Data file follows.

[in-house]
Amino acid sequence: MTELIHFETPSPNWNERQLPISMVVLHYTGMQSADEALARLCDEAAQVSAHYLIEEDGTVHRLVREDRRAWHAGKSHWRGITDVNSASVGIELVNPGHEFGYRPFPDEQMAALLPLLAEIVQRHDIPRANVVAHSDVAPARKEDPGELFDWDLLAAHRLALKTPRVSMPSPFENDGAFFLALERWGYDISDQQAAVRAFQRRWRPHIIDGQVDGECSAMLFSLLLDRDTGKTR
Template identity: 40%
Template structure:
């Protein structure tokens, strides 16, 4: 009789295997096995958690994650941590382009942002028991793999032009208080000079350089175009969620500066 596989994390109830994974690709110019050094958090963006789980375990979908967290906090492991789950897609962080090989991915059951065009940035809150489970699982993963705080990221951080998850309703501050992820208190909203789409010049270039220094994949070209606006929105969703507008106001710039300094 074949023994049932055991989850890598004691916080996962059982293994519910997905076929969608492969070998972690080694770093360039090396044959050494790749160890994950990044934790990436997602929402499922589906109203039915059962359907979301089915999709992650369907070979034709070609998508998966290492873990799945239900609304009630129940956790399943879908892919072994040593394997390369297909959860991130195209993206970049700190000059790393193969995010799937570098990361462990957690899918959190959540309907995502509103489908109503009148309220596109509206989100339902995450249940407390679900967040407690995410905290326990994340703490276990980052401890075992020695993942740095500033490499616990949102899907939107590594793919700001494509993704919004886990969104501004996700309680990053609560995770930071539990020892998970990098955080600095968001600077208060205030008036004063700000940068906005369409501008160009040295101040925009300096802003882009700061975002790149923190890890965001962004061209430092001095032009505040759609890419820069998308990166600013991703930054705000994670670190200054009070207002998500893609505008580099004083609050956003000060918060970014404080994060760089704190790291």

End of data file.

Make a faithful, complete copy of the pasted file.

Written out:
[in-house]
Amino acid sequence: MTELIHFETPSPNWNERQLPISMVVLHYTGMQSADEALARLCDEAAQVSAHYLIEEDGTVHRLVREDRRAWHAGKSHWRGITDVNSASVGIELVNPGHEFGYRPFPDEQMAALLPLLAEIVQRHDIPRANVVAHSDVAPARKEDPGELFDWDLLAAHRLALKTPRVSMPSPFENDGAFFLALERWGYDISDQQAAVRAFQRRWRPHIIDGQVDGECSAMLFSLLLDRDTGKTR
Template identity: 40%
Template structure:
């Protein structure tokens, strides 16, 4: 009789295997096995958690994650941590382009942002028991793999032009208080000079350089175009969620500066 596989994390109830994974690709110019050094958090963006789980375990979908967290906090492991789950897609962080090989991915059951065009940035809150489970699982993963705080990221951080998850309703501050992820208190909203789409010049270039220094994949070209606006929105969703507008106001710039300094 074949023994049932055991989850890598004691916080996962059982293994519910997905076929969608492969070998972690080694770093360039090396044959050494790749160890994950990044934790990436997602929402499922589906109203039915059962359907979301089915999709992650369907070979034709070609998508998966290492873990799945239900609304009630129940956790399943879908892919072994040593394997390369297909959860991130195209993206970049700190000059790393193969995010799937570098990361462990957690899918959190959540309907995502509103489908109503009148309220596109509206989100339902995450249940407390679900967040407690995410905290326990994340703490276990980052401890075992020695993942740095500033490499616990949102899907939107590594793919700001494509993704919004886990969104501004996700309680990053609560995770930071539990020892998970990098955080600095968001600077208060205030008036004063700000940068906005369409501008160009040295101040925009300096802003882009700061975002790149923190890890965001962004061209430092001095032009505040759609890419820069998308990166600013991703930054705000994670670190200054009070207002998500893609505008580099004083609050956003000060918060970014404080994060760089704190790291």